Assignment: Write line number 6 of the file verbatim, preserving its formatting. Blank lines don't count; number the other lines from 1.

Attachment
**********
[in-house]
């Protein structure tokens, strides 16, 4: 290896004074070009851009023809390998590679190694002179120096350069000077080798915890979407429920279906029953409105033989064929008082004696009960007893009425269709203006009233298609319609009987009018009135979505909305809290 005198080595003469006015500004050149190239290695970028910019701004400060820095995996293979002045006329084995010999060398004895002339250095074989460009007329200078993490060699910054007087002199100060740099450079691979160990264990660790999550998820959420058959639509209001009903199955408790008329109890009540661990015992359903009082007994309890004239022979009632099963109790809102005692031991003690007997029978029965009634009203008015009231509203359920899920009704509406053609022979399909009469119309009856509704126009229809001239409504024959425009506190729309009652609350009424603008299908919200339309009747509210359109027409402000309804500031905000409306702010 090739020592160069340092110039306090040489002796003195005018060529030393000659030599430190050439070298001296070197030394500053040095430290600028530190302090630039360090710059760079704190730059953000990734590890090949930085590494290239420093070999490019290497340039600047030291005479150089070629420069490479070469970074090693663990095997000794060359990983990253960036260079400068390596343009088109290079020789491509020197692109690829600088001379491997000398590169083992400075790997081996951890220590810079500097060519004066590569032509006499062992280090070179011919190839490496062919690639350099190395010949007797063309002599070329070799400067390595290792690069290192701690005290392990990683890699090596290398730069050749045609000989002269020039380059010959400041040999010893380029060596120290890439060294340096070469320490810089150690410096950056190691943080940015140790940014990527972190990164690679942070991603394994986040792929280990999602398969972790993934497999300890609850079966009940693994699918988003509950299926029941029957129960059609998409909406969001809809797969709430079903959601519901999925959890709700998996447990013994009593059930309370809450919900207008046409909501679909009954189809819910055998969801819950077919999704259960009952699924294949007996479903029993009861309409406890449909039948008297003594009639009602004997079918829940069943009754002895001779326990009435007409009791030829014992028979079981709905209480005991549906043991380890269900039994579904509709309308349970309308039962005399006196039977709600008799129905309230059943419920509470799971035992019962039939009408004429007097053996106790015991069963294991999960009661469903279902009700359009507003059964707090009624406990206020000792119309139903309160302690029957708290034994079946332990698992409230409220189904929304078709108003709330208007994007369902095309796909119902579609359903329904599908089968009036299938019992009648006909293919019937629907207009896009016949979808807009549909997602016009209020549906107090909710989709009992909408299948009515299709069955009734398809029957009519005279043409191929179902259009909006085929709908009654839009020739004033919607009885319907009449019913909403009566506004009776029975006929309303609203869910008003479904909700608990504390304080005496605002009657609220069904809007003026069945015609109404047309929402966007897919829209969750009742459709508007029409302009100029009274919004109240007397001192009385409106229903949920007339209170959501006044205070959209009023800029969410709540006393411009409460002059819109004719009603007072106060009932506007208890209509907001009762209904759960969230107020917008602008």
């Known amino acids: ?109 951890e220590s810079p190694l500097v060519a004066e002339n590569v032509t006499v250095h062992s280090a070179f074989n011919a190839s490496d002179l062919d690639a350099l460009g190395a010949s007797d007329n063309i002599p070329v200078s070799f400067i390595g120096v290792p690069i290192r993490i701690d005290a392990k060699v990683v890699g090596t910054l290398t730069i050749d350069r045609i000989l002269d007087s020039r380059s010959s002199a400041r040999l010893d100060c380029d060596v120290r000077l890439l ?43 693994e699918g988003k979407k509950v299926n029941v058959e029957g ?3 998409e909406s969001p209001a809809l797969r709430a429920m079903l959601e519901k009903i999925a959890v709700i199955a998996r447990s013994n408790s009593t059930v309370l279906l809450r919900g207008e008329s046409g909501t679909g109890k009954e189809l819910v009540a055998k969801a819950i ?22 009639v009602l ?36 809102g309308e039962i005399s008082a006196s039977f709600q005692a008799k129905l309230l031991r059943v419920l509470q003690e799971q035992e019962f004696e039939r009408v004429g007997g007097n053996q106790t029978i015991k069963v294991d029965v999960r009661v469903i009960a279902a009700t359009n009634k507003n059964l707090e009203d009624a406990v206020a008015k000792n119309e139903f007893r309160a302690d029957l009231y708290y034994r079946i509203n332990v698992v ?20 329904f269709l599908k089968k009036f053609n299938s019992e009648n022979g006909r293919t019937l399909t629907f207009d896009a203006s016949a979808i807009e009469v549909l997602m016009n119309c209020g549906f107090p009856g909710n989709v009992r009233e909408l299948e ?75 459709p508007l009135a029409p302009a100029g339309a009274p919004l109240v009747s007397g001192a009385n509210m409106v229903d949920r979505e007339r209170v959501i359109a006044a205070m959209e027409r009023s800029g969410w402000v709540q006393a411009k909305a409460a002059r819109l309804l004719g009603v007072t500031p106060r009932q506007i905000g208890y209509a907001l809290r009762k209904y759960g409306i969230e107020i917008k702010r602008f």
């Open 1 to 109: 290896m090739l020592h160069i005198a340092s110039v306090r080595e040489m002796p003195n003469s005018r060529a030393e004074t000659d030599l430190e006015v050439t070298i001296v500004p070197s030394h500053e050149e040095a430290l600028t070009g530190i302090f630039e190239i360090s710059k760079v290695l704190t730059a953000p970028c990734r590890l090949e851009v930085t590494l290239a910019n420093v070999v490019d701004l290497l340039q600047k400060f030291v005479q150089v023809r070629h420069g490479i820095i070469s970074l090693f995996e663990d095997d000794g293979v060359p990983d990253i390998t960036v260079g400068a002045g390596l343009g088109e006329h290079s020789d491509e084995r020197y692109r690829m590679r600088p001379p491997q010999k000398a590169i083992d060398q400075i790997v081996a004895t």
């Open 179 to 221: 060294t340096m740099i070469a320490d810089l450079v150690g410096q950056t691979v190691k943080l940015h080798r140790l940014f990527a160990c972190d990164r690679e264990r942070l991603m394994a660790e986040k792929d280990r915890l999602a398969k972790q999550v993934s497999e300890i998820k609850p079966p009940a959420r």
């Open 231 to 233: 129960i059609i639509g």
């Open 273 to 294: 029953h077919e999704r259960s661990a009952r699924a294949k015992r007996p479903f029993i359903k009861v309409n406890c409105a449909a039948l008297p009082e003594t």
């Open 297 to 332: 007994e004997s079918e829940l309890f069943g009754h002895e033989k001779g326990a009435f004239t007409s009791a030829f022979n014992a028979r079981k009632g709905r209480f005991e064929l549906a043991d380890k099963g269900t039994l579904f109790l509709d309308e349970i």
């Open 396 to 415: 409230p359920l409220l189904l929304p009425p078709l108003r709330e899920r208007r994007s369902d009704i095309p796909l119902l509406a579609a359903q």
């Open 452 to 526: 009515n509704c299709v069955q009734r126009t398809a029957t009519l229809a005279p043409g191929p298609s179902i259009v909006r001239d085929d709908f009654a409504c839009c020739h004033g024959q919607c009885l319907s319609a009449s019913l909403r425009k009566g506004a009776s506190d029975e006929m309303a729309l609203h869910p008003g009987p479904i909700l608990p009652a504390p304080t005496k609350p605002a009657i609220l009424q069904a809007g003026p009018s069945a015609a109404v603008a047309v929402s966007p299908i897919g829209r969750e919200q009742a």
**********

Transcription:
């Open 231 to 233: 129960i059609i639509g």